Does This Mother Know Best?
Frank Zappa, leader of The Mothers of Invention rock group, doubles as a business consultant – 1968 style.

By W.H. Manville

Saturday Evening Post, January 13, 1968

The vice president talked about the growing market for musical instruments. We were crossing a railroad siding. "Fifteen million amateur musicians between four and twenty-one," he said, as we entered the plant. His words were momentarily lost in the echoing spaces. "... over nine hundred million dollars ... these automatic lifts alone can ... projections of next year's teen-age market are fantastic...."

"Yes," I said, feeling depressed. Nothing tires me more than other people's money. "Could we see these new instruments?"

"Of course," Mr. Mersky said, "but you'd like to meet our Mr. Hack first?" Mr. Mersky opened a door.

An executive office. The thick rugs, the upholstered furniture, the conference table. At the head of the table, sitting all alone at that vast mahogany prairie, was a smiling, middle-aged man in a gray suit. He had turned his swivel chair around to face the only two other people – men? boys? – in the room. They were lying on the rug.

It was clear that they had carefully, with great artistry, deliberation and the utmost contempt, constructed of themselves everything that the businessman at the conference table would find most objectionable; they were the standard figures of protest of our time. The first one had long, thick ringlets of hair hanging down below his shoulders, plus an evil, black-pointed beard and heavy moustache. He was wearing skinny Yale 1912 football pants with no padding or color, and a child's sweatshirt that did not come down far enough to cover his bare belly. His shoes were broken at the toes, which, incidentally, peeped out through the crack since he wore no socks. The second figure was similarly decorated, and he seemed sound asleep, his head pillowed on the rug. The man who was awake said, "You should have listened to me, right?"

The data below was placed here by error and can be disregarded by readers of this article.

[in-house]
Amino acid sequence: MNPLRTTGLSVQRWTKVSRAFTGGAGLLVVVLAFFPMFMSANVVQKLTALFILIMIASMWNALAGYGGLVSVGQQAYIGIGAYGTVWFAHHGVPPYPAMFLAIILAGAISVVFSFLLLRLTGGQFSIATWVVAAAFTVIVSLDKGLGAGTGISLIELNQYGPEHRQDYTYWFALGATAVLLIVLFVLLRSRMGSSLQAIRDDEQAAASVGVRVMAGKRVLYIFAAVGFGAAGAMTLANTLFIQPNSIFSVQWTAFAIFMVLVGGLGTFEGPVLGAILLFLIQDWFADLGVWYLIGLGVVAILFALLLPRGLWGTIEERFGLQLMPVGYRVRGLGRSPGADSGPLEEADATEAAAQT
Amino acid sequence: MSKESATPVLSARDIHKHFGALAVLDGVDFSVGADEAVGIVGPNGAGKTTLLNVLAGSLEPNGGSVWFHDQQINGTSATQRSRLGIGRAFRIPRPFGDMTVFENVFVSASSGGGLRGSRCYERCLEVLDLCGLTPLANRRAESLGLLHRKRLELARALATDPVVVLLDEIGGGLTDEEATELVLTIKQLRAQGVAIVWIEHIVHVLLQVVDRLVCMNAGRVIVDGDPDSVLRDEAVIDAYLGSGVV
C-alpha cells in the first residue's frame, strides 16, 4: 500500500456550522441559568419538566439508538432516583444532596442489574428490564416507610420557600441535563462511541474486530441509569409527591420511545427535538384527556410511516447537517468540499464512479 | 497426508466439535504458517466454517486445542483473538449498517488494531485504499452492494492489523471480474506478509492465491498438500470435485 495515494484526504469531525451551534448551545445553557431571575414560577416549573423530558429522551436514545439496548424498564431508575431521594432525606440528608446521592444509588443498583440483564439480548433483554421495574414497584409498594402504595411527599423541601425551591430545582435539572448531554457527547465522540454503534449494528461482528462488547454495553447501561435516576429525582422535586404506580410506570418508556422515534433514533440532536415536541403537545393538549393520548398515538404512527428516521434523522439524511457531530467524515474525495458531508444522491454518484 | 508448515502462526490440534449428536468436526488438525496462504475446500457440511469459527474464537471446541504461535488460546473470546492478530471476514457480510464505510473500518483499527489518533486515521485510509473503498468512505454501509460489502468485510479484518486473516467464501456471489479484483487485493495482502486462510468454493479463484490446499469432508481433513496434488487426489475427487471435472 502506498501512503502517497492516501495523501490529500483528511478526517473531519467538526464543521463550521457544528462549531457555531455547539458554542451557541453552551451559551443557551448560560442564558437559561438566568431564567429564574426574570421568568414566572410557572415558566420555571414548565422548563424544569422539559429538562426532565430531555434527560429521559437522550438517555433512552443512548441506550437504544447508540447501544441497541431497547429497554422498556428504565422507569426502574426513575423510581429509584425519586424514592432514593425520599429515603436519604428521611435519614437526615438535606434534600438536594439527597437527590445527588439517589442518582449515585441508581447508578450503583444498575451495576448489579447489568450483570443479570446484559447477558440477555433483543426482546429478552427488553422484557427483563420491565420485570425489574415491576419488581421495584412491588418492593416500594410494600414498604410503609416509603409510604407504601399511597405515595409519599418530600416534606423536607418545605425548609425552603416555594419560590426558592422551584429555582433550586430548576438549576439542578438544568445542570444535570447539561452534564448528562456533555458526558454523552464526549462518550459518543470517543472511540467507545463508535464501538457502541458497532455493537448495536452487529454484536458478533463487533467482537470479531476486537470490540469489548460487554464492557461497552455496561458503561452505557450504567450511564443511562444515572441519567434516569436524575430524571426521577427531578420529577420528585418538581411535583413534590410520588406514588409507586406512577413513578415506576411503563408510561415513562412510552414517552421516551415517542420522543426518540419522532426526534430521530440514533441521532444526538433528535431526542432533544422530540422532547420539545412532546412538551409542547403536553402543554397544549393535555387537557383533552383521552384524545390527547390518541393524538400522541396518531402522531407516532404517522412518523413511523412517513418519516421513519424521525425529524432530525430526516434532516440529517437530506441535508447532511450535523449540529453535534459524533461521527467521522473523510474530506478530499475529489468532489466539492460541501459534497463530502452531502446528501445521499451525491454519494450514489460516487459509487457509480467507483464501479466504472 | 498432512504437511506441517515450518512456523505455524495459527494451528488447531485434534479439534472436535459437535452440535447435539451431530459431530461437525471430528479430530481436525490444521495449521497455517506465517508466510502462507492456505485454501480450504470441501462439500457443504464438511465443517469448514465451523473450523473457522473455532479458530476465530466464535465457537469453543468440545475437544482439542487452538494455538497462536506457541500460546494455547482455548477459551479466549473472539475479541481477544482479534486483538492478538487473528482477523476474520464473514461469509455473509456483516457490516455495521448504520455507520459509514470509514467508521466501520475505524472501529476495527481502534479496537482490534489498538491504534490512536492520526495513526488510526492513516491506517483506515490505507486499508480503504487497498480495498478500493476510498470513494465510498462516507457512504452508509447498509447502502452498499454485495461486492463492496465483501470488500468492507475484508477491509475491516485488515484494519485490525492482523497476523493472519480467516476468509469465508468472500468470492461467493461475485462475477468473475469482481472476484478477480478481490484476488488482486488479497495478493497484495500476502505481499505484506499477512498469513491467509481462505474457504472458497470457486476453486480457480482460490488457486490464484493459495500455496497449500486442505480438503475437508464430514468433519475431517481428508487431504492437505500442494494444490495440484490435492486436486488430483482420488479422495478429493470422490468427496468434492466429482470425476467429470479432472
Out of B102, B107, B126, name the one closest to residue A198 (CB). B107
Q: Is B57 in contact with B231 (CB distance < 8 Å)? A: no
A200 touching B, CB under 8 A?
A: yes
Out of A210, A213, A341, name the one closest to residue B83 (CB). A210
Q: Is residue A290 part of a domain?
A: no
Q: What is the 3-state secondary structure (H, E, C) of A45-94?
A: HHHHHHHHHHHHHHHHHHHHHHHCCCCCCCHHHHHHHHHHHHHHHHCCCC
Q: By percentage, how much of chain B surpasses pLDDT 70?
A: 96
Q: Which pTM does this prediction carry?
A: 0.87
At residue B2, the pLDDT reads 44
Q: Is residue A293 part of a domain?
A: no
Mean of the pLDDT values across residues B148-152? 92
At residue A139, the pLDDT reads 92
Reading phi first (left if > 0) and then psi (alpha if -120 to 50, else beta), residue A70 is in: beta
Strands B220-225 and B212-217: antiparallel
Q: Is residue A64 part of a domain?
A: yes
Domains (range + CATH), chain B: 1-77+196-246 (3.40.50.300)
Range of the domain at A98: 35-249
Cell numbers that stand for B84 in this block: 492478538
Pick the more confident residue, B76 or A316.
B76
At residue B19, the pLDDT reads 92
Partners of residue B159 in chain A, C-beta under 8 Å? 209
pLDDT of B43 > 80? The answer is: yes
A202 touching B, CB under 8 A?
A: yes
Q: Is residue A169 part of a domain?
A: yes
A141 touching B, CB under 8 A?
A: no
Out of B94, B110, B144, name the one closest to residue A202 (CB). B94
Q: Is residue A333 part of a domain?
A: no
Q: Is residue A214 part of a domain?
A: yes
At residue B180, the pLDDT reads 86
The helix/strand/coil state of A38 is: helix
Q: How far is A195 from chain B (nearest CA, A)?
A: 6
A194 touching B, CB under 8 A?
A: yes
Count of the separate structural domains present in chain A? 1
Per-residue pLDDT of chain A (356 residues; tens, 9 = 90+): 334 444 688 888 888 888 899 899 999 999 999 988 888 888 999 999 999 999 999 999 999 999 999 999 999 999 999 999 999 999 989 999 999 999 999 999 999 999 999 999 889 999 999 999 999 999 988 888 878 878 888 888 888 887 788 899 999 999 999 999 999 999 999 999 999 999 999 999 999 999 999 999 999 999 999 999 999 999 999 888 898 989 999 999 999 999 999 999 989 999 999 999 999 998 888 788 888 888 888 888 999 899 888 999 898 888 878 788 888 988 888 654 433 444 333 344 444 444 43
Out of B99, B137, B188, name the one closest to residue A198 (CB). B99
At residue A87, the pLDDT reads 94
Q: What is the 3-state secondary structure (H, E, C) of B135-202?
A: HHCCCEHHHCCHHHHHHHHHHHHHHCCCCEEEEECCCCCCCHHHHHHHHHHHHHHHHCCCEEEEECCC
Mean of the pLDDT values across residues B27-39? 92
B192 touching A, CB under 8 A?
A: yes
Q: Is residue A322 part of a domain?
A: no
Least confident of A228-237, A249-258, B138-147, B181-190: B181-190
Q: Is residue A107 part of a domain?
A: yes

His finger was pointed at the man behind the conference table, who deprecatingly patted his gray lapels more smoothly into place. He said, "I'm sorry, Frank. Maybe I should have. When I started in this business, everybody wanted clear sounds, beautiful tones, small amplifiers that they could store easily and be easy to carry."

"And now you're going to the sales convention in Chicago tomorrow," the speaker on the floor went on inexorably, "and because you didn't listen to me, you're going to be showing the smallest, beautiful tone amplifiers in the show. And are you going to sell your beautiful tone amplifiers? No, you're going to have to eat your beautiful tone amplifiers, because you won't sell them because kids don't want beautiful tone amplifiers. They want big, giant amplifiers, and the dealers will know the kids won't even look at your beautiful tone amplifiers."

"I'm sorry, Frank," the man at the table said again. He turned to be introduced to me, smiling easily. "Everything's changed suddenly. Maybe I'm an old fuddy-duddy."

The man at the table was Mr. Sidney Hack, president of Unicord, Inc., a company whose retail sales this year will be about $10 million; Unicord itself is a subsidiary of Gulf & Western, a business colossus that owns – besides Unicord – Paramount Pictures, New Jersey Zinc, Desilu, etc., etc. The speaker on the floor was Frank Zappa, a Mother, the chief Mother, as a matter of fact, of a rock group called The Mothers of Invention. In addition to being a musician, he is also president of The Nifty Advertising Agency, which Unicord, Inc. employs to reach the vast, new and golden – youth market.